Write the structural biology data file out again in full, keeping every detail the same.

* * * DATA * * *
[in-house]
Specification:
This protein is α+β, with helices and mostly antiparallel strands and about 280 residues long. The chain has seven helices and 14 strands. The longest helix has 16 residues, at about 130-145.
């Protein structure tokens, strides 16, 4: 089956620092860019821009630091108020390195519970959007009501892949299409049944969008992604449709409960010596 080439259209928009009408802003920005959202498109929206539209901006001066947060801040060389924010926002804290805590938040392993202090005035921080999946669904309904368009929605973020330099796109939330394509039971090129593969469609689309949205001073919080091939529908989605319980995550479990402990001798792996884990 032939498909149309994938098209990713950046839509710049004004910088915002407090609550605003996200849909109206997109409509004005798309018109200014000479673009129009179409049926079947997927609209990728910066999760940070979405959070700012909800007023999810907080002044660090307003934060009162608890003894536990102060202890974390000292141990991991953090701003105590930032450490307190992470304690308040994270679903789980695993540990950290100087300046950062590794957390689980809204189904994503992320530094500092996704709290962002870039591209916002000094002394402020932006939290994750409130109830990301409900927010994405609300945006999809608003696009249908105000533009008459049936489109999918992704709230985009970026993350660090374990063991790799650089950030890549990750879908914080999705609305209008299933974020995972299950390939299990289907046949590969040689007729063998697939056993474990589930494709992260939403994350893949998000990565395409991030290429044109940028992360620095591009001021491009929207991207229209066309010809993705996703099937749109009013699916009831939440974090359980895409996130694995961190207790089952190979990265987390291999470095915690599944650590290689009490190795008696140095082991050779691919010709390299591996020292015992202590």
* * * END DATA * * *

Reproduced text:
[in-house]
Specification:
This protein is α+β, with helices and mostly antiparallel strands and about 280 residues long. The chain has seven helices and 14 strands. The longest helix has 16 residues, at about 130-145.
């Protein structure tokens, strides 16, 4: 089956620092860019821009630091108020390195519970959007009501892949299409049944969008992604449709409960010596 080439259209928009009408802003920005959202498109929206539209901006001066947060801040060389924010926002804290805590938040392993202090005035921080999946669904309904368009929605973020330099796109939330394509039971090129593969469609689309949205001073919080091939529908989605319980995550479990402990001798792996884990 032939498909149309994938098209990713950046839509710049004004910088915002407090609550605003996200849909109206997109409509004005798309018109200014000479673009129009179409049926079947997927609209990728910066999760940070979405959070700012909800007023999810907080002044660090307003934060009162608890003894536990102060202890974390000292141990991991953090701003105590930032450490307190992470304690308040994270679903789980695993540990950290100087300046950062590794957390689980809204189904994503992320530094500092996704709290962002870039591209916002000094002394402020932006939290994750409130109830990301409900927010994405609300945006999809608003696009249908105000533009008459049936489109999918992704709230985009970026993350660090374990063991790799650089950030890549990750879908914080999705609305209008299933974020995972299950390939299990289907046949590969040689007729063998697939056993474990589930494709992260939403994350893949998000990565395409991030290429044109940028992360620095591009001021491009929207991207229209066309010809993705996703099937749109009013699916009831939440974090359980895409996130694995961190207790089952190979990265987390291999470095915690599944650590290689009490190795008696140095082991050779691919010709390299591996020292015992202590």